Summer in the City – Home Made Tempeh

It’s been hot and steamy the last few weeks in Hobart – well, hot by the standards of the most southerly capital city in Australia. Many mainland Australians think Tasmania is just cold all the time but (as a South Australian who has lived and worked in desert conditions) I rather think we have proper seasons (sometimes all in one day) and because this is an island, when the temperature rises as it did here today to 31 C (88 F) it’s the equivalent of 36 C (97 F) anywhere else on the mainland.

As I type (early on a sticky Saturday evening), the rain has finally come after days of teasing, topping up the water tanks and bringing much needed relief to my vegetables and fruit. In my tiny kitchen the dehydrator’s been running all week and I’ve dried nearly all of the nectarine crop and made a start on the prune plums.

Dried, home grown nectarines

Consequently, it’s been very warm in there and I took the opportunity to try out something I can only do this time of year – make my own tempeh. Although I’m not a vegetarian or vegan, I love tempeh sliced, marinated and fried. I then use it in stir fry or just on its own with a fresh garden salad. My friend Heather says it’s fabulous fried and used in veggie burgers, so I’m going to be trying that very soon!

There’s heaps of YouTube tutorials available but when I was researching this I really liked this from Veganlovlie and took her advice to buy a reliable starter from her source, Top Cultures in Belgium – oh the joy of online shopping!

Two important things to note before we start (so I’ll put them in bold)

  1. Like any food preparation, cleanliness is paramount. In the case of working with a specific ferment, this becomes critical. Make sure everything that comes in contact with your precious beans/tempeh is scrupulously clean.
  2. I haven’t pasteurised my tempeh, so for all intents and purposes it is a raw product and must be cooked before eating.

Anyway, this is what I did.

Home Made Tempeh (makes 4 blocks)

2 cups soy beans (washed and soaked)

5 tabs apple cider vinegar

1 teas dried rhizopus starter culture

Bags or moulds with drainage holes for the tempeh

Method:

Wash the beans thoroughly, rinse and repeat. Soak them in clean water for at least 8 hours (or even overnight).

At this stage, while the beans are soaking, I suggest prepping the bags or containers you intend to use for processing the tempeh. I opted for zip-lock plastic sandwich bags because I had some on hand and I can reuse them but I’ve been making vegetable bags out of baby muslin and I’d like to try something like that as a more sustainable option. Bags are easy to clean and afford a great view of the process but the problem with plastic (apart from the waste issue) is potential sweating, turning your lovely soy beans into a smelly mess, so I used a skewer and poked holes every couple of centimetres (about 1 inch) all over four bags.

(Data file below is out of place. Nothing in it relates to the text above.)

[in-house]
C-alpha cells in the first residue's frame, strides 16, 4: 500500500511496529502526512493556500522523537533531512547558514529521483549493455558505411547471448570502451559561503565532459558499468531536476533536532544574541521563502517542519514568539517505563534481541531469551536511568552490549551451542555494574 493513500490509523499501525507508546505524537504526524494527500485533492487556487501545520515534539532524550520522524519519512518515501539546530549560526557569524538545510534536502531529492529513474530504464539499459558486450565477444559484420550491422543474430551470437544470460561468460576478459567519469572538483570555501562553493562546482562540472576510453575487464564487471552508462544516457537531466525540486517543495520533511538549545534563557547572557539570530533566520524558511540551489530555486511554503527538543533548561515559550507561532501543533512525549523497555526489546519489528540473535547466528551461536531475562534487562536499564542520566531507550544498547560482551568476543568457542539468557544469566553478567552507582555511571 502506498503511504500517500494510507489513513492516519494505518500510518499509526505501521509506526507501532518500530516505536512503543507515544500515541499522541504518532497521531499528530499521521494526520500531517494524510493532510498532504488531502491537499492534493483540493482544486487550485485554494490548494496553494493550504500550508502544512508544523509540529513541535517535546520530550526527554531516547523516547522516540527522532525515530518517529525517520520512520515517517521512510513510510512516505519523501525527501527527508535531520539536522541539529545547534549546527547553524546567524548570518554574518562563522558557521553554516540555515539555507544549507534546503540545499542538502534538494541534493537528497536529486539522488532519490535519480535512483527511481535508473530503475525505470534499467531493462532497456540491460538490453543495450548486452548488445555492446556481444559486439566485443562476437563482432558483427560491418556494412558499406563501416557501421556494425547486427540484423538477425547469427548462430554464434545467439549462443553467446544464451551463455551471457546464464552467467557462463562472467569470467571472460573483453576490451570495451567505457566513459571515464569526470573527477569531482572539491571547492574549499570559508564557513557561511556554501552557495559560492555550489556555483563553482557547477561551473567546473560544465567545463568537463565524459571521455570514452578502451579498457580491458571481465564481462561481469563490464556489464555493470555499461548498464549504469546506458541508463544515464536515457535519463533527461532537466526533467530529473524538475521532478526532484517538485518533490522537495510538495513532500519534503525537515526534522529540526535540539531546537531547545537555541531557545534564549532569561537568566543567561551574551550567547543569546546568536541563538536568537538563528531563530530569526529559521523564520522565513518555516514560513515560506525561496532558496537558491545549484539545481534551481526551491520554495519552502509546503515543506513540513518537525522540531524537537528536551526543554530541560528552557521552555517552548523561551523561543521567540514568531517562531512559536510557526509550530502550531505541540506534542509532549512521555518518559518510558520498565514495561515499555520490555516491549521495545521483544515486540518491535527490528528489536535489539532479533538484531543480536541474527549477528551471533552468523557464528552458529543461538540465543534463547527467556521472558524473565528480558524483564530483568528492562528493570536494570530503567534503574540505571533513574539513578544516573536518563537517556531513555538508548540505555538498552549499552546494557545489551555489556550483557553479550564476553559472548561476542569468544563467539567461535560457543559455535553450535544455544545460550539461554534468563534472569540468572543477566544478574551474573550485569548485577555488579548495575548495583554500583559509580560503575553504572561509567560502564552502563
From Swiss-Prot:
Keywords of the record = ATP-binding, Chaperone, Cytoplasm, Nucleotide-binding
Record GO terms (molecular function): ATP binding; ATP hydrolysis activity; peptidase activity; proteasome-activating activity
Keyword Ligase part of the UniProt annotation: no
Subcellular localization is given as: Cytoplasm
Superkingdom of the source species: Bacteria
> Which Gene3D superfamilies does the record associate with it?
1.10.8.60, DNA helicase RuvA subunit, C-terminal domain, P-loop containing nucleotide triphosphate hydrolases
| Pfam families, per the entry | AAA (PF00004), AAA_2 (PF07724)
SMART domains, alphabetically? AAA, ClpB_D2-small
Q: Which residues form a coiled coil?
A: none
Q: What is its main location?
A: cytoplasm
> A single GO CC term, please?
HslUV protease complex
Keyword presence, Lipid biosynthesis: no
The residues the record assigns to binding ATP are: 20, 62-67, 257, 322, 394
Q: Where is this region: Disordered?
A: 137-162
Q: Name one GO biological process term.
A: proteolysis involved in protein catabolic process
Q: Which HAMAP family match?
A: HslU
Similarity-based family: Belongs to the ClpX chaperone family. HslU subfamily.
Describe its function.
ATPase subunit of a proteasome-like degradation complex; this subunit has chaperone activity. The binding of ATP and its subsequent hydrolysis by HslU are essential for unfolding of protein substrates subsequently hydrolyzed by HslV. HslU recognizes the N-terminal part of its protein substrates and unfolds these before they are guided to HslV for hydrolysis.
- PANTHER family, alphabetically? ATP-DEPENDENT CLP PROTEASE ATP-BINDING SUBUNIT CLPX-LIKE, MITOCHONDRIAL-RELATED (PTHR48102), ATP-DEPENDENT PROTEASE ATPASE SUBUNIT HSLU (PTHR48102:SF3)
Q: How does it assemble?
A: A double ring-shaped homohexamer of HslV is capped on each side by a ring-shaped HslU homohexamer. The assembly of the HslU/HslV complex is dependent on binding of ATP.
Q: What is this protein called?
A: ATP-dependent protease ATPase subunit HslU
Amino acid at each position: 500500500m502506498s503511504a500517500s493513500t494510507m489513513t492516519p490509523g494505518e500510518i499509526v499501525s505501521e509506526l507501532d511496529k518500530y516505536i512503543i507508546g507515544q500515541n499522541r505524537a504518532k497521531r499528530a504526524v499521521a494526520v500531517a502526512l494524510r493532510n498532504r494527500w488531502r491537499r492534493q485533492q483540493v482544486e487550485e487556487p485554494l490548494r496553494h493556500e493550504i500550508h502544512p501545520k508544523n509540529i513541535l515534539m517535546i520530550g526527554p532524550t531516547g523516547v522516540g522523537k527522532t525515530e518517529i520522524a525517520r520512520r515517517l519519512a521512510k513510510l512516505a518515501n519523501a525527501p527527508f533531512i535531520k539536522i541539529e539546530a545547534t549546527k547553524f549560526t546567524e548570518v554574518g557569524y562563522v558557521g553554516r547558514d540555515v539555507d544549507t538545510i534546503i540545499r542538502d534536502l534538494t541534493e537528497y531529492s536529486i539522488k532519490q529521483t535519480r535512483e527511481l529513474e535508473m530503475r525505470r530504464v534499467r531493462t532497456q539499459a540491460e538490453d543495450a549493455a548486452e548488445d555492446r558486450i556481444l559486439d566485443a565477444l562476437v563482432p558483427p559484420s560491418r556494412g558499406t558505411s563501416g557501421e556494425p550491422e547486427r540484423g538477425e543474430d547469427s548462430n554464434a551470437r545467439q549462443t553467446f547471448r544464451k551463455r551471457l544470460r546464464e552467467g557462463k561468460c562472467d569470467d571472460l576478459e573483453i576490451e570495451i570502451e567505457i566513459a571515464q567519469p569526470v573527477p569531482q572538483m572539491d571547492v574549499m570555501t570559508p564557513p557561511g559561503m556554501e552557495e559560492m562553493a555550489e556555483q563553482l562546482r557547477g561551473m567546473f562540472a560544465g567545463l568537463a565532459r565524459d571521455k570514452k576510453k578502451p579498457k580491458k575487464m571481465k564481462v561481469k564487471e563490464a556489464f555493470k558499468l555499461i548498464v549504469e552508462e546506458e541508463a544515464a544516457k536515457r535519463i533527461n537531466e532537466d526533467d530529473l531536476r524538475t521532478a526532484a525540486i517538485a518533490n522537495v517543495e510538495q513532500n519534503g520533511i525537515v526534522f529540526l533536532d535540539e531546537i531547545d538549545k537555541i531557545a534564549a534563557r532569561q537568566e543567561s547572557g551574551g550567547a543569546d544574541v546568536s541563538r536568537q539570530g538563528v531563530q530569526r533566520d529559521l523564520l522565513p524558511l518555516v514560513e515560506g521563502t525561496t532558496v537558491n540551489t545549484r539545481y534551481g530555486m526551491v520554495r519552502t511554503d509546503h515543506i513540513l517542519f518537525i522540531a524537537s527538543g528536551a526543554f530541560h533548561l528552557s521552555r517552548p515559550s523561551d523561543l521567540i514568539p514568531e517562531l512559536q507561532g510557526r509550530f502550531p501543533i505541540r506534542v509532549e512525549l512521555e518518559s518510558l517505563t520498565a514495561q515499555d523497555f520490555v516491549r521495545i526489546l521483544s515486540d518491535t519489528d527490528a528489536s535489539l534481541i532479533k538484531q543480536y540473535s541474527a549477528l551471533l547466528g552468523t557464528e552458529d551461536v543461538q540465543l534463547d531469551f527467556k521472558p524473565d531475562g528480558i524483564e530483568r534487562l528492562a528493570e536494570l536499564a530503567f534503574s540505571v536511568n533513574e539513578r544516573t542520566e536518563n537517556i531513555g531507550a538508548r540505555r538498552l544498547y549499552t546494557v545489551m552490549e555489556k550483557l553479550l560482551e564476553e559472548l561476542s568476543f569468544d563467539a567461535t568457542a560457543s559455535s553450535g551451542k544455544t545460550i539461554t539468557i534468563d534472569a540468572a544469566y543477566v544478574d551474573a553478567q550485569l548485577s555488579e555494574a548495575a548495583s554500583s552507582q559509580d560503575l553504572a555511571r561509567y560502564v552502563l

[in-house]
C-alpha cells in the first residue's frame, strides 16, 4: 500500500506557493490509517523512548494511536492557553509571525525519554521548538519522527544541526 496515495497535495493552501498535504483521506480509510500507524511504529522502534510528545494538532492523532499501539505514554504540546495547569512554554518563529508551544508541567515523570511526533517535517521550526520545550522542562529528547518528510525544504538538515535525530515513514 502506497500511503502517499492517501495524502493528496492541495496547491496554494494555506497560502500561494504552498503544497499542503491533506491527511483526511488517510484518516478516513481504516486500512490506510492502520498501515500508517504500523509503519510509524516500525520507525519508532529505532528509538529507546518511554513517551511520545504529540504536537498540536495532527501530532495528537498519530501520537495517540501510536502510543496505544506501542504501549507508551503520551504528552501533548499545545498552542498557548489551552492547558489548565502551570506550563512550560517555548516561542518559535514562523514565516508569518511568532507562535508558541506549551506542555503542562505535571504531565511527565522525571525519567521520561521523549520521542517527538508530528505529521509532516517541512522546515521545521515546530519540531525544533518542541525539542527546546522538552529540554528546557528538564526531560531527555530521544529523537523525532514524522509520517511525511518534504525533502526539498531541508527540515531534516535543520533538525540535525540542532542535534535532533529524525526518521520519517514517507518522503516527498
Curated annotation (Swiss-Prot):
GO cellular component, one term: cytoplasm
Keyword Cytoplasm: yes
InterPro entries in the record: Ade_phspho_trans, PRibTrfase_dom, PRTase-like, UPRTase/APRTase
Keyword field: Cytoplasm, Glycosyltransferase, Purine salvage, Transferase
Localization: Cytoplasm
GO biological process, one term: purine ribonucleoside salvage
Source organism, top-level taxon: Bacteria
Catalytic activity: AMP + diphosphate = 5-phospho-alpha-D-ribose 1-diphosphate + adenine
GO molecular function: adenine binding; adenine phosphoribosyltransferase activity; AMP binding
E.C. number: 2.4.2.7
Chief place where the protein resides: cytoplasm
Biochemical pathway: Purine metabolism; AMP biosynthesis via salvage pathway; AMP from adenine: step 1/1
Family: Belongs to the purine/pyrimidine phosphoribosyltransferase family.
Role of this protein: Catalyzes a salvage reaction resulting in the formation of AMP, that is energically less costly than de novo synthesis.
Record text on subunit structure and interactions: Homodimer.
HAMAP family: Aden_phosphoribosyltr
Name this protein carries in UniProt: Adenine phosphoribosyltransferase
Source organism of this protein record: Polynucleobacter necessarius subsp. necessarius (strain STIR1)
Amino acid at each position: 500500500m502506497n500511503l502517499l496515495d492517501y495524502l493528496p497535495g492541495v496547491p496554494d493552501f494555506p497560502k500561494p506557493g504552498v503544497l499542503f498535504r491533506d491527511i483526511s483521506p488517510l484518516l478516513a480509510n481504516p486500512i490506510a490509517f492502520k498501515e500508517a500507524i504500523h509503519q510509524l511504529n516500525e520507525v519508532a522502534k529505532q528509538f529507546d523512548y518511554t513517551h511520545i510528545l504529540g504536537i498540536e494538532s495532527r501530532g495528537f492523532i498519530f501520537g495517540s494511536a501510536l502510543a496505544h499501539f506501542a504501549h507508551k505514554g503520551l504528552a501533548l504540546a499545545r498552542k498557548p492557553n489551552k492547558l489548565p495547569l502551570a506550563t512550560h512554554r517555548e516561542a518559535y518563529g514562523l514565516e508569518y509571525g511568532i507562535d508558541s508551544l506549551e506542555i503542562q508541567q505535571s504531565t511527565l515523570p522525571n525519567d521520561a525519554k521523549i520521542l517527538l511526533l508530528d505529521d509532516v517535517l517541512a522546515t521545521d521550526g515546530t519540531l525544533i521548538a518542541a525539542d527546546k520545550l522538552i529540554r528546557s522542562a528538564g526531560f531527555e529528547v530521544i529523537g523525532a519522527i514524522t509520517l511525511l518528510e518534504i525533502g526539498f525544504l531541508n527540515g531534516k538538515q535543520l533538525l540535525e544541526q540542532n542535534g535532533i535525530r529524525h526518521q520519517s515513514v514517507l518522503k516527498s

After soaking, drain the beans, wash and cover them with clean water. Cook in a large pot over medium heat until they’re nearly done. (This took about 30 minutes) Add the vinegar and stir it through. Continue cooking and when the beans are cooked to your taste, (about another 10 minutes for me) drain most of the water off. Return the pan and beans to a low heat to cook off the rest of the water. Stir continually at this step to stop any sticking. Your beans should be moist but with no residual water in the bottom of the pan.

Allow to cool to about 35 C (95 F) and add the teaspoon of starter. I suggest take your time and mix this through very carefully. I’ve made quite a bit of cheese over the years and found out the hard way that ensuring the starter is evenly distributed is a really critical step.

Next, evenly distribute the beans into the bags (mine made just under 500g cooked beans per bag) and working as fast as possible, carefully shape them into small rectangular cakes, expel excess air and zip-lock them. Finally, put the cakes on a clean board or non-metallic tray and weigh them down with another board, keeping them somewhere warm and draught free for at least the first 12 hours. After that, the fermentation will generate enough heat to keep it going.

I put a scrupulously clean wooden board on top of my monster dehydrator (to take advantage of the escaping heat) and placed the bags on the board, weighing them down with my old and very heavy ceramic lasagne dish.

Within 12 hours, it was clear there was fermentation and the bags were quite warm, a great sign!

By 24 hours the fungus was clearly visible and looked very clean, white and with no discolouration – more great signs!

 

By 36 hours I called it as a successful experiment and carefully removed the first cake from the plastic bag and sliced it up.

It worked out incredibly well and it was a very easy way to make one of my favourite foods. I’ll certainly be making more of this while the weather stays warm and freezing it for use in the cooler months. Next, I want to try making chickpea tempeh.

But tomorrow night, Tempeh Stir Fry for dinner!

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